Career Advice
E.g. nurse, resume, interview, sales...
8 nursing career paths to explore

8 nursing career paths to explore


Health professionals have always been our heroes, and they are now more than ever. 

And if you’re one of the many people thinking of a career change, either out of necessity or curiosity, now is a great time to consider pursuing a career as a nurse. It’s an engaging and rewarding profession that offers a variety of roles and ways to work.

Whether you want to assist in surgery or work with the elderly, here are eight great nursing careers to look into.

  1. Theatre Nurse
    Also called Perioperative Nurses, Theatre Nurses provide care for patients before, during and after surgical and nonsurgical procedures. These registered nurses work as part of a perioperative surgical team, usually with a specific area of responsibility, such as supporting the anaesthetist. They play a crucial role in assessing patients and ensuring their critical medical history is communicated to the surgical team. They typically earn between $70k and $80k.
  2. Clinical Nurse
    Clinical Nurses are senior Registered Nurses who have usually completed postgraduate study and then specialised in an area such as adult psychiatric and mental health, diabetes management or adolescent mental health. Their work involves observing, identifying and investigating complex critical health problems to provide medical support to patients in a variety of settings. They often act as a role model for less experienced staff, and usually earn between $85k and $95k.
  3. Enrolled Nurse
    Interested in having flexibility, diverse work settings and the opportunity to make a positive impact on the lives of others? You might want to consider becoming an Enrolled Nurse. This career involves working under direct or indirect supervision of a Registered Nurse to observe, measure and record patients’ vital statistics, and reporting changes in patients’ conditions. It’s a pivotal role that provides physical and emotional support to patients and their families. Enrolled Nurses commonly earn between $55k and $65k.
  4. Practice Nurse
    If you’d prefer not to work at a big hospital, you might want to consider a career as a Practice Nurse, who works at a metropolitan, regional or rural general practice. This career involves supporting doctors with patient assessments, immunisations, care plans and common health assessments. The varied responsibilities also include assisting GPs with small procedures, wound care and chronic disease management. Practice Nurses are qualified as an Enrolled Nurse or a Registered Nurse, and they usually earn between $65k and $75k.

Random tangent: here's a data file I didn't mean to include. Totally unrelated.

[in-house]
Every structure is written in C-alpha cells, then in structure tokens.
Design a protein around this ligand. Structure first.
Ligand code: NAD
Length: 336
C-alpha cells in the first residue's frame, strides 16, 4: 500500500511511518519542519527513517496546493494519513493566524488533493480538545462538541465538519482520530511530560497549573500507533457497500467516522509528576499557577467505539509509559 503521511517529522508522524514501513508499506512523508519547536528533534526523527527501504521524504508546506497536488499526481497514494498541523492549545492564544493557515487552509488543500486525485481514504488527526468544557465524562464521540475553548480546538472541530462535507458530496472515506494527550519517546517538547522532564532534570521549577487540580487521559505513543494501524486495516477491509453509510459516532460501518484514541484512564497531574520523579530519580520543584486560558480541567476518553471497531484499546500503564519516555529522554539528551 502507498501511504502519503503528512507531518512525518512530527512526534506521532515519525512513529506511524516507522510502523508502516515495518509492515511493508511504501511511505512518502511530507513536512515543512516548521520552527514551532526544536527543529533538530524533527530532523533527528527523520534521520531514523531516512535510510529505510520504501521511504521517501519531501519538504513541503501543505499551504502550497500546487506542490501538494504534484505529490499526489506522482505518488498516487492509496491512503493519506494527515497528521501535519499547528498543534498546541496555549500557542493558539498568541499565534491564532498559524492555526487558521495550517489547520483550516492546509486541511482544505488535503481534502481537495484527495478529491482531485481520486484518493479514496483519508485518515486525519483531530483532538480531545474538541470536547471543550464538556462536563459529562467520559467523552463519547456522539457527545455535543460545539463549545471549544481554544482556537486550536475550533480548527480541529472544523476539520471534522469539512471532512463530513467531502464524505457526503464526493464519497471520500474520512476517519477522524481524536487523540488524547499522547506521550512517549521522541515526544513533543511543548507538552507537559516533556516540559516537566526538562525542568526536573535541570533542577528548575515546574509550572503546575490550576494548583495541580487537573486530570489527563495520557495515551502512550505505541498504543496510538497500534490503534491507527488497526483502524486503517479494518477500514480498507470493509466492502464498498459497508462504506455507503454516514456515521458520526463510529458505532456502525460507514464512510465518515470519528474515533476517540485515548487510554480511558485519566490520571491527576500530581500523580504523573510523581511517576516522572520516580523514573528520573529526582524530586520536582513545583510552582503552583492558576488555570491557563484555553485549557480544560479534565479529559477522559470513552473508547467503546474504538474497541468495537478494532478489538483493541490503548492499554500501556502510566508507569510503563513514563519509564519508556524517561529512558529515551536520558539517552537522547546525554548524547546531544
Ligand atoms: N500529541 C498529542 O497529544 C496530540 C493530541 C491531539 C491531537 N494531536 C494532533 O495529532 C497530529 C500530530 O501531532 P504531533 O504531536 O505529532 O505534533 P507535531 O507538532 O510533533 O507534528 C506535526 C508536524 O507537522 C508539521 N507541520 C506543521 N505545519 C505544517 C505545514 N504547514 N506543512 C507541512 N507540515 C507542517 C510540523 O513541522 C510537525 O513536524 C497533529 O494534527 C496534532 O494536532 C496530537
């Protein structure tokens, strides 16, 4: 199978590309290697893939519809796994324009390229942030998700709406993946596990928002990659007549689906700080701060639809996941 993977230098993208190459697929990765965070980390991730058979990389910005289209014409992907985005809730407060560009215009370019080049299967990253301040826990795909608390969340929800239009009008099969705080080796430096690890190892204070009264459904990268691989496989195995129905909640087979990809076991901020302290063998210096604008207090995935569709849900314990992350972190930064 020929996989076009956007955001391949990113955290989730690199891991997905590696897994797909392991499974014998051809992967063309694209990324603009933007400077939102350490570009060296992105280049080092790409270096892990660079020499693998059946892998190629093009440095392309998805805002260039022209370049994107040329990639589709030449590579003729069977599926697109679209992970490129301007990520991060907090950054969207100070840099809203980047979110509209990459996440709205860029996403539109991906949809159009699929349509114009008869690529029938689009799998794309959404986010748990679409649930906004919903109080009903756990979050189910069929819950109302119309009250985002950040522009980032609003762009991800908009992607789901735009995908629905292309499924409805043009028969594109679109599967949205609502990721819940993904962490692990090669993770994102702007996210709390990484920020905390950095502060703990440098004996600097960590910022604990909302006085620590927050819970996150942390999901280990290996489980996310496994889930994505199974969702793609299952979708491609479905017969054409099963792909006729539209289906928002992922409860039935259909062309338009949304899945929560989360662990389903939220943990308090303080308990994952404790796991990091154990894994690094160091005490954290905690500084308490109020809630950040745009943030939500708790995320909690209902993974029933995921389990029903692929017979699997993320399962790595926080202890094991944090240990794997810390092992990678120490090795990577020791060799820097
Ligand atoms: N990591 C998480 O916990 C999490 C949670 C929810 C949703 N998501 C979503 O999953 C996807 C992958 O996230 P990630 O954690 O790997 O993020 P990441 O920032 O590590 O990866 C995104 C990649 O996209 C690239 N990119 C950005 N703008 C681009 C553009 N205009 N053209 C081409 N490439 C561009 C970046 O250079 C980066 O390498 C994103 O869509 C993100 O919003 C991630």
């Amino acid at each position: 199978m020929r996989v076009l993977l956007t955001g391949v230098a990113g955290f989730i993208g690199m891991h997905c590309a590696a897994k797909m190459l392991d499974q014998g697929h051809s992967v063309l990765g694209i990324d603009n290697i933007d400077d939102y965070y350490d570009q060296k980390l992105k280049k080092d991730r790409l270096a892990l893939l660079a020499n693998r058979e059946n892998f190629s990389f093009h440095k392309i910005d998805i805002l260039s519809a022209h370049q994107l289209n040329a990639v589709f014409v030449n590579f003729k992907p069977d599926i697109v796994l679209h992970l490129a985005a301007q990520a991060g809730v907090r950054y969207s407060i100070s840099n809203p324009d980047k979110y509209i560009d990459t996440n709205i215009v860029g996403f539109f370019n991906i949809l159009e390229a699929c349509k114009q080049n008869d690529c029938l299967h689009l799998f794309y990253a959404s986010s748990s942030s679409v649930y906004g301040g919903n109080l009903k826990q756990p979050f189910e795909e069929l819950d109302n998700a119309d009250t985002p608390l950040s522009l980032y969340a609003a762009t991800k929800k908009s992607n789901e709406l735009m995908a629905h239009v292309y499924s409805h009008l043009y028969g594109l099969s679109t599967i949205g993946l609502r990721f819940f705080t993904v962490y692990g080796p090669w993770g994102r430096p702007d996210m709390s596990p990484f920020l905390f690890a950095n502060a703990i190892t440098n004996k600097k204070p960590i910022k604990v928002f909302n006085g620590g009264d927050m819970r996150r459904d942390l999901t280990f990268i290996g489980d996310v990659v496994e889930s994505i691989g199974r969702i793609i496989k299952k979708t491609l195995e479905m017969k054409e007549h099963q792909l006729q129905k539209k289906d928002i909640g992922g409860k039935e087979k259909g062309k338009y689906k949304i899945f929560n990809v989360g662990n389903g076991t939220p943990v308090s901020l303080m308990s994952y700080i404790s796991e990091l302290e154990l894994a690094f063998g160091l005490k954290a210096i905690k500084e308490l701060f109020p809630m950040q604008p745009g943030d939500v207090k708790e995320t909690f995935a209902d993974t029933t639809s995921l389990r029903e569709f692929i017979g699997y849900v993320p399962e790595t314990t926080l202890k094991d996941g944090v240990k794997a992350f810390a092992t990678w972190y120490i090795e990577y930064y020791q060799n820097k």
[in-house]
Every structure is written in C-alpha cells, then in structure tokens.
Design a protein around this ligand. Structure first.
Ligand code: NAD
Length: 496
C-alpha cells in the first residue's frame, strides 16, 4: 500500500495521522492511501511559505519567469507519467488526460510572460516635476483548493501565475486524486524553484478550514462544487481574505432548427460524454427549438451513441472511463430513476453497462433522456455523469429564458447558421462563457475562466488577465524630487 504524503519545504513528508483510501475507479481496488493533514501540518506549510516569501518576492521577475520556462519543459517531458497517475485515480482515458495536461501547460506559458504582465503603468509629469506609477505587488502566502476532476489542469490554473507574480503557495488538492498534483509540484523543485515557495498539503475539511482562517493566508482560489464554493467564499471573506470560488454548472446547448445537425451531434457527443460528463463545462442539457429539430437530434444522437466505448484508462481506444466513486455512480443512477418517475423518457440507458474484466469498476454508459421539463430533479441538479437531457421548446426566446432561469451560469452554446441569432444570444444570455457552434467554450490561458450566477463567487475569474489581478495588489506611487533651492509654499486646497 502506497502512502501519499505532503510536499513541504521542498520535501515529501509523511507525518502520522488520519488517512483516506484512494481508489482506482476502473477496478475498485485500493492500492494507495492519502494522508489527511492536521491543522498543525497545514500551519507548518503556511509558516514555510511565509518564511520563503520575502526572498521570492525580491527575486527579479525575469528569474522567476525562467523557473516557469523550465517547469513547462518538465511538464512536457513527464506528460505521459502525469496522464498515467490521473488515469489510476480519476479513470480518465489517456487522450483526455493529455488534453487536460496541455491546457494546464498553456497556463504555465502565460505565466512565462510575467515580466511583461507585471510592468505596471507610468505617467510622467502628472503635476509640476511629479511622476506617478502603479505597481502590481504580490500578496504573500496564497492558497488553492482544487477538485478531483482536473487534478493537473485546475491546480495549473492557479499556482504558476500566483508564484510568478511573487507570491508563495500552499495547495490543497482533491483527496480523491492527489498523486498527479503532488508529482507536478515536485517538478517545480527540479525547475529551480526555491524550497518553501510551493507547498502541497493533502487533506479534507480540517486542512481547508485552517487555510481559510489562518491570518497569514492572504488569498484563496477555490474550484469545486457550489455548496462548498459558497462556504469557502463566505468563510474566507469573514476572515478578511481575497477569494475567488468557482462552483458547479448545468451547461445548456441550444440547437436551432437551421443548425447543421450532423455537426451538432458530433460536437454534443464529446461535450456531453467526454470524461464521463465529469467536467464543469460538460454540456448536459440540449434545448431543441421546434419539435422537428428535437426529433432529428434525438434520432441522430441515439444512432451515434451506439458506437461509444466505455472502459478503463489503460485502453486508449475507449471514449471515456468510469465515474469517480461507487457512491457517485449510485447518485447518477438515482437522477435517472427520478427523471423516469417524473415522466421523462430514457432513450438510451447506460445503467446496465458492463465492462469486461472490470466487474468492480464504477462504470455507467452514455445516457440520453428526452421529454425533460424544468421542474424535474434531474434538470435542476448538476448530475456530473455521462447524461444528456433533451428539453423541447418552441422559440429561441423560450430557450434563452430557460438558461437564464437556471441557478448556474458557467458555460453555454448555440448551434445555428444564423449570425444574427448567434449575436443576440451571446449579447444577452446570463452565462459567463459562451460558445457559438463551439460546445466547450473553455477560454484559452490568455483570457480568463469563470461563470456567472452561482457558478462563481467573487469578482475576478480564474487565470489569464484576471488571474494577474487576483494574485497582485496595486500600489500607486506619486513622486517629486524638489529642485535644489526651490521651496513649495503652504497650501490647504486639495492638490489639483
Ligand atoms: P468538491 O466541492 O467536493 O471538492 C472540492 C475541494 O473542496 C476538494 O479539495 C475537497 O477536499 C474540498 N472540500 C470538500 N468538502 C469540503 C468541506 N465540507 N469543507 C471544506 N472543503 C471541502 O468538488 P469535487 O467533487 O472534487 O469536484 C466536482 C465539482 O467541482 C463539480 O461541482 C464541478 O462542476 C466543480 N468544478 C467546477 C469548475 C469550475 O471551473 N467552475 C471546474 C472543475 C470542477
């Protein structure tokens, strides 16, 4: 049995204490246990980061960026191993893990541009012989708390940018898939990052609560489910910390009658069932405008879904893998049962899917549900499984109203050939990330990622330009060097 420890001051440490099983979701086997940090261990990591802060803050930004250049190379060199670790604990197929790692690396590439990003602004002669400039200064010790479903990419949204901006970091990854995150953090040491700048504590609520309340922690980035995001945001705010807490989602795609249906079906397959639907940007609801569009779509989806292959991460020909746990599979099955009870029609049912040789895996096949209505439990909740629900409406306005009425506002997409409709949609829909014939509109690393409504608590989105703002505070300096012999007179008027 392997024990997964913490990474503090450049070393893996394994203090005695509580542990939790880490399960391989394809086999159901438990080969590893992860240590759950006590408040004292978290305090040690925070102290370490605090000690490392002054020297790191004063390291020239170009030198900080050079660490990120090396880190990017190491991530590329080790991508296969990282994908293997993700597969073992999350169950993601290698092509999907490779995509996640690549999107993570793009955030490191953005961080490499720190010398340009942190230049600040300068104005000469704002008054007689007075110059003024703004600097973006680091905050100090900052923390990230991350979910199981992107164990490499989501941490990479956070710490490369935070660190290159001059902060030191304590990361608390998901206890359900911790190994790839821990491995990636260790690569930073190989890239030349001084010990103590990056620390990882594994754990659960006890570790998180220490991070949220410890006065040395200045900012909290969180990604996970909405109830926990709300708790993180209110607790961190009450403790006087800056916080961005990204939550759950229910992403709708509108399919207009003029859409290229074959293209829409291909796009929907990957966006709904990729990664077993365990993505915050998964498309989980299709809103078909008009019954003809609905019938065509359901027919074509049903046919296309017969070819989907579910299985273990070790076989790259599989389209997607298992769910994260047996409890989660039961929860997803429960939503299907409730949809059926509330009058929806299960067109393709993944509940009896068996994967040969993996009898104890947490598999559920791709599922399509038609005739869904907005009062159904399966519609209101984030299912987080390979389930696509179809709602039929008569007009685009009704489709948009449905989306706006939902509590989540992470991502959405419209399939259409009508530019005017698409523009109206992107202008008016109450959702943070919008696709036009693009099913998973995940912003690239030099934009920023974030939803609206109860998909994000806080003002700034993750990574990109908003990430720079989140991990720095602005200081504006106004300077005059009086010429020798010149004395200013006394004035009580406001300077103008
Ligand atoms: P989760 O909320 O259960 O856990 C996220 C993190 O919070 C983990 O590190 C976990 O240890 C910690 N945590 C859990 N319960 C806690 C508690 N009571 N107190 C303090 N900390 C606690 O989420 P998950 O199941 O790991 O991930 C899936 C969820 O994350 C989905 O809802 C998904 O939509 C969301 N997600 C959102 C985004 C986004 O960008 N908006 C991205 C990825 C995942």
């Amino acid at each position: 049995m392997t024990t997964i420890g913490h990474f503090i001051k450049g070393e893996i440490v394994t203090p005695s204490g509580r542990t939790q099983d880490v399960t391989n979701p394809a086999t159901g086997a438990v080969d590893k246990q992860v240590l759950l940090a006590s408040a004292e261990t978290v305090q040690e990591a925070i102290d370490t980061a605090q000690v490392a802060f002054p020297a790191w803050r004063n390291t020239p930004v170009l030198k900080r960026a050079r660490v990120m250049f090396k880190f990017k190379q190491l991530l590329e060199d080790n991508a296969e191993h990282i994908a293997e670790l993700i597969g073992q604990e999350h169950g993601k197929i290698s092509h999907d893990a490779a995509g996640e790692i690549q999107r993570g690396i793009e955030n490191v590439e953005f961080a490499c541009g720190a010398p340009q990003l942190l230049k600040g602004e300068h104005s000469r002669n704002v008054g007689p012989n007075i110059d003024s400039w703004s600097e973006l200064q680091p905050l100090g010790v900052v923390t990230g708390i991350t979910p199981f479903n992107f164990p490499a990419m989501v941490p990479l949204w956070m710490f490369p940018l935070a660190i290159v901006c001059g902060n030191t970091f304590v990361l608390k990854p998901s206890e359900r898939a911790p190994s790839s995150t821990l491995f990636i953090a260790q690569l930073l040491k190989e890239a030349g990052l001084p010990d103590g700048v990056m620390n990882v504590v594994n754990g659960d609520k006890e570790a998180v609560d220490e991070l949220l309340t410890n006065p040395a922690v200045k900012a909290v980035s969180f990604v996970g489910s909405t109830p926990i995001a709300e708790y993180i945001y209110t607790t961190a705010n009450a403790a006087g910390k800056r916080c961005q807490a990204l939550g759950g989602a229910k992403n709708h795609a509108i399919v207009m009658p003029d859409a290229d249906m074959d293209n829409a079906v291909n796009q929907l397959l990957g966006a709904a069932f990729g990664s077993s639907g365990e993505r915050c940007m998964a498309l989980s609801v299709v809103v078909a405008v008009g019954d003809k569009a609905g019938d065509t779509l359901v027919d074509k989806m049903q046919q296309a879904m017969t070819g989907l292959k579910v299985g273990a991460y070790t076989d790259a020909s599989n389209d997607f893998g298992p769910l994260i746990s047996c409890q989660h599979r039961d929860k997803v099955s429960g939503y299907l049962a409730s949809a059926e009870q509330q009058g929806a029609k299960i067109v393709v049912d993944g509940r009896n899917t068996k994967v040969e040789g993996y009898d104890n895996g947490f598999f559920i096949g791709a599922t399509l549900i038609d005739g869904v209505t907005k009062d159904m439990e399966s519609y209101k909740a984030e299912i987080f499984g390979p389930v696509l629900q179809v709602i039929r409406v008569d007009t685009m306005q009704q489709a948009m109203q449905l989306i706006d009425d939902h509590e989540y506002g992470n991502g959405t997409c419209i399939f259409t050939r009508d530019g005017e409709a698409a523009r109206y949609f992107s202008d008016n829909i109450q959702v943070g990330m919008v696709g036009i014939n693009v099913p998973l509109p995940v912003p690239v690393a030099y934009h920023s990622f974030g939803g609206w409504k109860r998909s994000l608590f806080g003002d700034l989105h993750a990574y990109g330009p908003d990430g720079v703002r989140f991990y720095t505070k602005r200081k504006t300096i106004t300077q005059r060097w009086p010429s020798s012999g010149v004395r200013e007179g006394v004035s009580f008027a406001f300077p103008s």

5. Registered Nurse
    Often referred to as RNs, Registered Nurses deliver primary healthcare in hospitals, schools or community or aged care facilities. The role of a Registered Nurse can vary depending on the patients they see and the settings in which they work, but they tend to work collaboratively with doctors, surgeons, physiotherapists and other skilled healthcare professionals to provide patient care. Registered Nurses play an important role in health promotion and chronic disease management, and they typically earn between $65k and $75k.
  6. Nurse Unit Manager
    Having worked as Registered Nurses, Nurse Unit Managers are experienced professionals who supervise and manage nursing teams in hospitals, aged care facilities or outpatient clinics. They have elevated decision-making responsibilities that require a high degree of organisation and flexibility, and they tend to work shifts at all hours. They’re tasked with recruiting and coordinating staff, managing budgets and working closely with other departments, in addition to healthcare duties. Due to their senior responsibilities, Nurse Unit Managers commonly earn between $100k and $120k.
  7. Mental Health Nurse
    Mental Health Nurses provide specialised care and support focusing predominantly on patients’ or clients’ psychological wellbeing and emotional health. They play a pivotal role in helping people to manage their mental illness, as well as providing information to their families and other health professionals. To practise as a Mental Health Nurse, you’ll need postgraduate qualifications in mental health, in addition to an undergraduate degree in nursing. Then you’ll be able to work across various clinical, service and forensic settings, including hospitals, community health centres and inpatient care facilities. Mental Health Nurses often earn between $80k and $90k.
  8. Aged Care Registered Nurse
    Working in hospitals, aged care homes, home care or community settings, Aged Care Registered Nurses are qualified nurses who deliver primary health care to elderly patients. Regardless of where they work, Aged Care Registered Nurses play an important role in administering medications, observing patients and managing their health, diet and chronic disease. This includes safe behavioural management of dementia care and emergency responses, including care of patients related to falls and infections. Aged Care Nurses usually earn between $65k and $75k.

These are just some of the rewarding careers available through nursing. Explore more careers in helping people here.


Subscribe to Career Advice

Get the latest expert career guidance delivered to your inbox
You can cancel emails at any time. By clicking ‘subscribe’ you agree to SEEK’s Privacy Statement